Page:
Pulled Hamstrings

Another one of the most common exercise injuries is one most people are familiar with. A common injury among all manner of athletes, a pulled hamstring can be a painful condition that may even require surgery if the muscles need to be reattached.

A pulled hamstring occurs when one or more of the four muscles that run along the back of the thigh becomes strained or tears. While minor cases will cause mild pain, in more severe cases, the pain may be unbearable and make walking or standing nearly impossible. To prevent this condition, always take care to warm up before exercising and gradually work up to more strenuous exercises, as opposed to jumping right into it. If you are already struggling with a pulled hamstring, an elastic bandage can be used to help mitigate swelling. You may also consider using anti-inflammatory drugs or walking with crutches to help prevent additional stress. However, if the pain continues to worsen without improvement, you should speak with your doctor to help rule out the need for additional measures.

Sternal Fractures

Fractures are another of the most common exercise injuries people deal with. Usually caused by stress or a blow to the sternum, such as if the bar slams down while you’re bench pressing, this condition can be quite debilitating if not healed correctly. While injuries like this can occur in many places on the body, it’s important to know how to tell if you have a fracture so you can ensure that you don’t make the problem worse. For instance, leaving a fractured wrist or ankle improperly treated can cause incorrect healing and problems with mobility down the line.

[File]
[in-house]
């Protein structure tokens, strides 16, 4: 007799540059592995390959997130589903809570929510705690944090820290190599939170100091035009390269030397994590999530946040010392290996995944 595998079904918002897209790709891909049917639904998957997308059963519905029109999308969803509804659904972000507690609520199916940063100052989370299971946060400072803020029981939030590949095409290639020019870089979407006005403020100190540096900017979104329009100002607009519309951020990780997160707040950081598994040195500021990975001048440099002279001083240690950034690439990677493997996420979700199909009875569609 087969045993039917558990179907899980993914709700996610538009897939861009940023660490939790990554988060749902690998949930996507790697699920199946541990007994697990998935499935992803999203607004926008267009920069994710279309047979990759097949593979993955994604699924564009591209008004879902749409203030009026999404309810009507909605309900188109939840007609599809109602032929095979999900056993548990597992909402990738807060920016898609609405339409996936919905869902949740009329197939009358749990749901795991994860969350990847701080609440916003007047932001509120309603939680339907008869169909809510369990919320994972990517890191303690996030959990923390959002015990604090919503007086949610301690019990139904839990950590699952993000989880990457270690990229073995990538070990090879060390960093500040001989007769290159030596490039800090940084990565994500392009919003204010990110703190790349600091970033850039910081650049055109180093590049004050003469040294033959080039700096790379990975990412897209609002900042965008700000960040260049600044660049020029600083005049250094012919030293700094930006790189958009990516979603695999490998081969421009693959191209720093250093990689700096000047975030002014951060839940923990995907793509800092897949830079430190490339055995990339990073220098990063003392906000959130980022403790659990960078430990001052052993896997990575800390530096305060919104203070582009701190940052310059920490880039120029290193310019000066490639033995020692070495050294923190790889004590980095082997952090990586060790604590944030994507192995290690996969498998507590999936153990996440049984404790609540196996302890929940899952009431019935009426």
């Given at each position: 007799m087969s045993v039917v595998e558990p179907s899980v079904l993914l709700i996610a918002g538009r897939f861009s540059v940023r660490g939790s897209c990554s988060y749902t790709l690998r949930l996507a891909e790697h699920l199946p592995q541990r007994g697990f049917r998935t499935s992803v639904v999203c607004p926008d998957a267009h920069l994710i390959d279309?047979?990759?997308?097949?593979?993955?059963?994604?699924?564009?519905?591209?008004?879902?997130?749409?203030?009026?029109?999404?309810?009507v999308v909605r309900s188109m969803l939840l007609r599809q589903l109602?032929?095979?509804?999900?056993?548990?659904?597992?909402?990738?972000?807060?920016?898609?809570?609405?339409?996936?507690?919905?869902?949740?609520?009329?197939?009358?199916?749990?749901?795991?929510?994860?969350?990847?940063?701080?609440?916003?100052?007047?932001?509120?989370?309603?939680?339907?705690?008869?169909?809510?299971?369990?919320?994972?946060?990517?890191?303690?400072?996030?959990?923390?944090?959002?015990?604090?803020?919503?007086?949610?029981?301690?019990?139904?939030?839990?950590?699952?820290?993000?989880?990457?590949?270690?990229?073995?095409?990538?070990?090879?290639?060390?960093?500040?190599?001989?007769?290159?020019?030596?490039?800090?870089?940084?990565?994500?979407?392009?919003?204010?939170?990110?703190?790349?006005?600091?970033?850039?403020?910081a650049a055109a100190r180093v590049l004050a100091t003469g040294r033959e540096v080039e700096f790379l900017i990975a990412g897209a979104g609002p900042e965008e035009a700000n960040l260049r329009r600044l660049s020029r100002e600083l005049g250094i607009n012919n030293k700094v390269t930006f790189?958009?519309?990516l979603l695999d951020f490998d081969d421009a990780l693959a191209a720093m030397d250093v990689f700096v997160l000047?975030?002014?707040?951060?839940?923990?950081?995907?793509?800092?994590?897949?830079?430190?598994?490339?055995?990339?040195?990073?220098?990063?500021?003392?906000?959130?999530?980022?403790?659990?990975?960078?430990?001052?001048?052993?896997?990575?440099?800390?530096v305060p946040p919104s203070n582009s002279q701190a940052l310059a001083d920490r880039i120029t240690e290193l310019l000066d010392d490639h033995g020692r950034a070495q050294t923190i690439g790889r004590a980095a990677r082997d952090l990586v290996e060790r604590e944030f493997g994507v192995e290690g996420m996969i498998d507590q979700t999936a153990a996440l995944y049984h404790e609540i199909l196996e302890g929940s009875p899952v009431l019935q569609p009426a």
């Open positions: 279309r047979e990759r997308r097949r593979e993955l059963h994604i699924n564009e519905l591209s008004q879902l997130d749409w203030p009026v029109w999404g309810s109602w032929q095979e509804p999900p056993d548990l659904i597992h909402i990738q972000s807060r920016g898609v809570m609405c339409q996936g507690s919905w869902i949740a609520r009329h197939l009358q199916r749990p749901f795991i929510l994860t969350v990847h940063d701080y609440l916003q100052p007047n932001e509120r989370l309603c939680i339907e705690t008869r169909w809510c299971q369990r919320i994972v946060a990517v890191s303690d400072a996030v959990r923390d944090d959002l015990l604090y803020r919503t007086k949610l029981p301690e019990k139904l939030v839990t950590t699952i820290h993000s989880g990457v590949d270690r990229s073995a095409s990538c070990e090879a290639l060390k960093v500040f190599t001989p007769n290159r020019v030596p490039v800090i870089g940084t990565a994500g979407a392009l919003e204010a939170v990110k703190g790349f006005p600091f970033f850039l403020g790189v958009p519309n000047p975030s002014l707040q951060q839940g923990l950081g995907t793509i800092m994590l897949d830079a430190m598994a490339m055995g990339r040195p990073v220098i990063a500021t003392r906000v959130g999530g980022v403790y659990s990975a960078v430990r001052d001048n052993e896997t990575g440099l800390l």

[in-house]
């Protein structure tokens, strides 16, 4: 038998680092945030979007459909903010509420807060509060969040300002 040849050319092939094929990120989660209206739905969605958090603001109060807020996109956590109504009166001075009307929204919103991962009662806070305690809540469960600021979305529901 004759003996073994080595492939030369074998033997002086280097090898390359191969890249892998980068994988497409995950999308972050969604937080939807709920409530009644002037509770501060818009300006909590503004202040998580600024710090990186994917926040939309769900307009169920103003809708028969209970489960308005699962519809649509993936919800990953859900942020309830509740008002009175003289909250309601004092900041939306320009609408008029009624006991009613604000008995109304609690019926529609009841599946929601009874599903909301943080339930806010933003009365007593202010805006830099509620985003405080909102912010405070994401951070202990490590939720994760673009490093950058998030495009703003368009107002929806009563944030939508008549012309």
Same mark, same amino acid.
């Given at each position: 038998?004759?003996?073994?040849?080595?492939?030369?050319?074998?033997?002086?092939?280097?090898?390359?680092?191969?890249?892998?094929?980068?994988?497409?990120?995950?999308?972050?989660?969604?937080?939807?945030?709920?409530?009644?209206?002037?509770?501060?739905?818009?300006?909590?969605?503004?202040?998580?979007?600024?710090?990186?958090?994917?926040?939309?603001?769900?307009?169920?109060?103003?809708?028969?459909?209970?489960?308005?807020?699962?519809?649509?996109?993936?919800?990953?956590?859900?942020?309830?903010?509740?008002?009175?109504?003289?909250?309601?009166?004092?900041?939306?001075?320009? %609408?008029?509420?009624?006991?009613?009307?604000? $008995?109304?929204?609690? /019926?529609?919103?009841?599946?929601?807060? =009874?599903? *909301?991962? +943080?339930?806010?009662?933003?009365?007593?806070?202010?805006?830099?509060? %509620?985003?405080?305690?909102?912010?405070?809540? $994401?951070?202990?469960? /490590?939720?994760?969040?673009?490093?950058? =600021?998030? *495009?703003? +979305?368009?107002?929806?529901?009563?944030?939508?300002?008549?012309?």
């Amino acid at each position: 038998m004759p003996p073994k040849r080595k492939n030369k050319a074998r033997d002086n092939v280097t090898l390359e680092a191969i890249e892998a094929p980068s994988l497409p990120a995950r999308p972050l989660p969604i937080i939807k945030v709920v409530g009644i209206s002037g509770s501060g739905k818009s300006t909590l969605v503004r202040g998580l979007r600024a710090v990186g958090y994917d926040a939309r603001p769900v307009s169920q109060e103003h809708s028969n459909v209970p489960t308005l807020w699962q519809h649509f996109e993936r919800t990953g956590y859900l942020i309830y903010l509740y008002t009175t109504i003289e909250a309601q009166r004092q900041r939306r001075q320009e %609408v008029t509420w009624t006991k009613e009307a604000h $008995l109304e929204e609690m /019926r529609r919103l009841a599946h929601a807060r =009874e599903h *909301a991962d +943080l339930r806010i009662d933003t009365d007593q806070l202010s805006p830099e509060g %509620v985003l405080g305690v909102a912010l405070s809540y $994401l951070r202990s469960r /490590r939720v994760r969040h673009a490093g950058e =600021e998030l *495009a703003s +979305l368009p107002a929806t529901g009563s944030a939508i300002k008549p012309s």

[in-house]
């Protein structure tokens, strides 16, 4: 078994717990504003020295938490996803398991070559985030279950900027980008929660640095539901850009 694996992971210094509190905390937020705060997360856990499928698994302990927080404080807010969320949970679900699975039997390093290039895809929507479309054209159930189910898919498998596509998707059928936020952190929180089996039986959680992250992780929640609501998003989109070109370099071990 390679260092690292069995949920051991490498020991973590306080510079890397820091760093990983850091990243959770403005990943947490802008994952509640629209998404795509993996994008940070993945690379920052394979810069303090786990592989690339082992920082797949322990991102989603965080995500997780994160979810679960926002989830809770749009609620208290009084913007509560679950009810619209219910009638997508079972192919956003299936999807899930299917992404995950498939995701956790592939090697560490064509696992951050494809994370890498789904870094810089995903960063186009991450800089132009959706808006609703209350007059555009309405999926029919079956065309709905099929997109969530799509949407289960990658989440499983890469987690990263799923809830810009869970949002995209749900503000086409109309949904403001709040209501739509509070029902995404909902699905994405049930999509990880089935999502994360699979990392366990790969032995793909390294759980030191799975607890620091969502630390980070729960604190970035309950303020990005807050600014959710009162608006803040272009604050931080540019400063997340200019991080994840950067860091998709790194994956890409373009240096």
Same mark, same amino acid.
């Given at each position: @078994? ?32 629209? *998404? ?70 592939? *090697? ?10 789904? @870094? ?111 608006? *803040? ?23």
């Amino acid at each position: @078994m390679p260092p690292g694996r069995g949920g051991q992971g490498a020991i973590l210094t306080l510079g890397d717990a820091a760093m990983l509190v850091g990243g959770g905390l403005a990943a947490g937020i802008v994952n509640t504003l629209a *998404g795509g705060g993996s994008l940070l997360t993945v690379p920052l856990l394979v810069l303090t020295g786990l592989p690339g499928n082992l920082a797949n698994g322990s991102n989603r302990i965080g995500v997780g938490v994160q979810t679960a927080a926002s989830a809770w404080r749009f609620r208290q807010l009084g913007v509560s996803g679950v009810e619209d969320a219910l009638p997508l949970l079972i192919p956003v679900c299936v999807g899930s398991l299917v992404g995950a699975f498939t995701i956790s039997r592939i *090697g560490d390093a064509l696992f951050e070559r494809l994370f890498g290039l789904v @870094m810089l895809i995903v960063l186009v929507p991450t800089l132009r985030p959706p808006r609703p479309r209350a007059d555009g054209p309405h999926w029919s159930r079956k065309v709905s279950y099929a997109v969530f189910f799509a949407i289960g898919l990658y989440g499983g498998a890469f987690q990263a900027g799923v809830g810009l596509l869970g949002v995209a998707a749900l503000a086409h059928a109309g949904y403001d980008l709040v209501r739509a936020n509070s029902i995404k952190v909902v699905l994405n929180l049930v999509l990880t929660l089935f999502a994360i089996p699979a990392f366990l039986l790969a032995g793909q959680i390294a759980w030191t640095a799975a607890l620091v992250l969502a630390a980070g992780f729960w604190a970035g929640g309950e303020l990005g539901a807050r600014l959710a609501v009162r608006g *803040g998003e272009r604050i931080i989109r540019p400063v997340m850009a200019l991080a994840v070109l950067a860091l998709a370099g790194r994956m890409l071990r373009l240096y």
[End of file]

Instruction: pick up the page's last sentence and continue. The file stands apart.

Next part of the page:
Sternum fractures can be avoided by forgoing activities that place too much stress on the sternum. If you’re incorporating bench presses into your regimen, take care not to overload your bar and always have a spotter to prevent an accident that could cause trauma to your sternum. Protective chest guards can also be used to help mitigate this risk.

If you are facing a fracture, don’t wait for it to heal on its own. While icing the area can help relieve pain, immediate medical care and a thorough medical examination will be needed to ensure that no damage as occurred to your heart, lungs, or other organs. Surgery may be required if the bone is found to have been displaced.

Dislocated Joints

Unfortunately, another one of the most common exercise injuries is a joint dislocation. Joint dislocations can happen during an unbalanced or unexpected impact and can require a visit to an urgent care clinic to move the joint back into place. Commonly caused by poor form or lifting too much weight, after the injury occurs you can expect swelling, loss of motion, numbness, and bruising.

Treatment will involve taking a break from your exercise and wearing a sling for a few days. This is to help prevent unnecessary movement and stress while also helping to speed up the healing process. To prevent this injury, take care to learn the proper forms for the exercises you’re doing, while also making sure that you’re not attempting to lift loads that are more than you can handle. Alternate your workouts to prevent too much stress from being placed in a single area. If a dislocation occurs, never try to set it on your own, as doing so can damage nerves, blood vessels, and the surrounding ligaments, preventing proper healing.

Lower Back Pain

Lower back pain is one of the most common exercise injuries, mainly due to the fact that many different workouts can cause it. Both cyclists and weightlifters can fall prey to this injury, as can anyone performing an exercise that puts stress on their spine. For instance, even those taking dance aerobic classes can experience back pain from twist wrong or turning too fast.